(1.5-minute read) THE BIG COUNT WILL ADD JOBS TO ALASKA’S GIG ECONOMY
The U.S. Constitution requires a counting of the population every 10 years to realign congressional representation. The next federal decennial Census will be taken in 2020, and it starts a year from this week in Toksook Bay.
Past communities that opened the national Census season were Noorvik in 2010 and Unalakleet in 2000 and 1990.
If you’re looking for a job, there will be a lot of these census gigs, and some of those are work-from-home jobs, while others are in the field. Some can last for several weeks, plus weeks of training.
Jobs include field representatives, who go from door to door with tablets, and at-home field representatives, who conduct census calls while in their sweat pants at the kitchen table.
Some of these jobs in Alaska will start later this year, after fishing season, due to training. But because of the federal government’s partial shutdown, those interested might have to wait a few days for the Los Angeles office to get up and running.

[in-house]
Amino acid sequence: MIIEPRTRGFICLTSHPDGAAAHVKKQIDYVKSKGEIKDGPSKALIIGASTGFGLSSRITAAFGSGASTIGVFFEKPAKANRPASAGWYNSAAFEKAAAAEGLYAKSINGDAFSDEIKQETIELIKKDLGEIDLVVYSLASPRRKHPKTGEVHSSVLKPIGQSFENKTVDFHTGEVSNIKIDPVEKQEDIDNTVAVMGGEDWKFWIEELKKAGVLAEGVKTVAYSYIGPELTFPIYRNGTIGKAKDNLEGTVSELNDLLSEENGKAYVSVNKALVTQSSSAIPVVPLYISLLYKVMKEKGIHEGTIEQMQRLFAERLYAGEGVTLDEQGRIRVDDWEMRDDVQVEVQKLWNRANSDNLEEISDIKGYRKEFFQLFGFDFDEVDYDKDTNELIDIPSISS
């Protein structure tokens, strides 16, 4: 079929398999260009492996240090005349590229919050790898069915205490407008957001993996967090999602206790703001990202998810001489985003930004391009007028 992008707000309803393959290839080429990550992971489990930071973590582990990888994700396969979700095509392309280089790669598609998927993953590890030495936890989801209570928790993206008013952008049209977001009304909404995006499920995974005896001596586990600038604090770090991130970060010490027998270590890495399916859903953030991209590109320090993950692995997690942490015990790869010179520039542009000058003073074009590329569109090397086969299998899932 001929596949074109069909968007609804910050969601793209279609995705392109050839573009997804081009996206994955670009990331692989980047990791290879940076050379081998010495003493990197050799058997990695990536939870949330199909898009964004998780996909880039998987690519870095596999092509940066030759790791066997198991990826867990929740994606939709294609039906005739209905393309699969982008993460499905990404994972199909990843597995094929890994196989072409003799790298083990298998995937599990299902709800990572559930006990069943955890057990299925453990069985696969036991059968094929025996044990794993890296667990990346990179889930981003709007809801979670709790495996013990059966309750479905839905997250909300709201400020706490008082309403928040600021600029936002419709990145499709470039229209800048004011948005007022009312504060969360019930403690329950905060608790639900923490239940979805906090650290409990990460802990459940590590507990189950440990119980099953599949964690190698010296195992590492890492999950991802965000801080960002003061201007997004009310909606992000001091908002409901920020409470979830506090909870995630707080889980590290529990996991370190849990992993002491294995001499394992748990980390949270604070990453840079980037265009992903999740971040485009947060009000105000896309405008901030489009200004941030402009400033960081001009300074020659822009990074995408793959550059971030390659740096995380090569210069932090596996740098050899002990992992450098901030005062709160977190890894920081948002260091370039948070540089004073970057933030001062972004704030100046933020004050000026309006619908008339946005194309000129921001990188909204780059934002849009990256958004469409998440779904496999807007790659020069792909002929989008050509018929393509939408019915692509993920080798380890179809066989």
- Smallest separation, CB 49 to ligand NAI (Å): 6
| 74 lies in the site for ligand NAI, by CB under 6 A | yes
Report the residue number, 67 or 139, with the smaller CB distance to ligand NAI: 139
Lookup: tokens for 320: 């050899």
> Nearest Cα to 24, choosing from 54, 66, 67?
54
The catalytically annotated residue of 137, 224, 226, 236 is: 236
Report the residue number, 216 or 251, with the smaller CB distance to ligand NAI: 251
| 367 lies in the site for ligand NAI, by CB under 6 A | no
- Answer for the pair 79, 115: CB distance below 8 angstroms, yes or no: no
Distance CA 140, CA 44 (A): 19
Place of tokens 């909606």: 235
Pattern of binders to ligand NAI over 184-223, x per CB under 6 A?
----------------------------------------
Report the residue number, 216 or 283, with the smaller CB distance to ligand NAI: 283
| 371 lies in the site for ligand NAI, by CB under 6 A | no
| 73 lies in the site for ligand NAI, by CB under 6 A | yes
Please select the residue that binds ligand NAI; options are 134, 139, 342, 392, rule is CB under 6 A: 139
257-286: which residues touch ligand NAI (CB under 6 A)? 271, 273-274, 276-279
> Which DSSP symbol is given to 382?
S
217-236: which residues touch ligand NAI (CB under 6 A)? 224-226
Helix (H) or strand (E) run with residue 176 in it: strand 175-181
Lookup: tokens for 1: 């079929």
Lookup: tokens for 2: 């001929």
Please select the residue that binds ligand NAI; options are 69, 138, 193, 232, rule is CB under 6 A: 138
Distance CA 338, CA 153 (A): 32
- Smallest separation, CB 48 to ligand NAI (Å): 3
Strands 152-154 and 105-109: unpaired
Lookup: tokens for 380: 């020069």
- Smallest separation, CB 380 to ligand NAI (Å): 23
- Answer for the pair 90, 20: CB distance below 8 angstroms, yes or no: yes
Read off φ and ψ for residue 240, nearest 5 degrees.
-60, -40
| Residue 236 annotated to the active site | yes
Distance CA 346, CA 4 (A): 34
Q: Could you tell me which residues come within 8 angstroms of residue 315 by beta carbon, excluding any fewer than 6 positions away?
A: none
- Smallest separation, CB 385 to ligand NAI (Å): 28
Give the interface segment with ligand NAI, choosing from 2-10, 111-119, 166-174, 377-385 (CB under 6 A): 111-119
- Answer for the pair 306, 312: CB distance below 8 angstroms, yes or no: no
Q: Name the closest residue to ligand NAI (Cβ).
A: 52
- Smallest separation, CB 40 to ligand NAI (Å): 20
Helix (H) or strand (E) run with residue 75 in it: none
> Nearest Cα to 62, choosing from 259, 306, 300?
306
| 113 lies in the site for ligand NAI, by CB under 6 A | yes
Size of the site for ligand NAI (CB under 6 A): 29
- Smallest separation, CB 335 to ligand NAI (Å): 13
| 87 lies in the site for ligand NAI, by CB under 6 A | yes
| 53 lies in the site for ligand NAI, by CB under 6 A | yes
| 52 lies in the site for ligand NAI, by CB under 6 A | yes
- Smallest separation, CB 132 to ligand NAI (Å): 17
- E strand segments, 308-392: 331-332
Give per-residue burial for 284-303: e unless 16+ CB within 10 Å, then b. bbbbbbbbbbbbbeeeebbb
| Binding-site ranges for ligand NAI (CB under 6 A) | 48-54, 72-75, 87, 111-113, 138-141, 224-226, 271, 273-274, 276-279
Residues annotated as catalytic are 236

The census not only determines how many representatives each state gets in Congress, it’s used to redraw district boundaries.
With Alaska’s high unemployment of 7.1 percent, the work is welcome by hundreds of families and individual Alaskans. Most of the urban areas are counted by phone, but in rural areas, it is difficult to get an accurate count because people come and go in villages, so often local field staff is employed.
The U.S. Census has a job in Bethel for a partnership specialist (tribal.) Posted last week, the closing date is Jan. 30. The salary range is $45,900 to $105,847 per year.
The Bethel area encompasses Toksook, one of three villages located on Nelson Island, 115 miles northwest of Bethel, an area inhabited by Yup’ik Eskimos for thousands of years. The City of Toksook was incorporated in 1972.
In 2010, the Toksook census showed 590 residents. Today, about 638 residents are estimated to live there.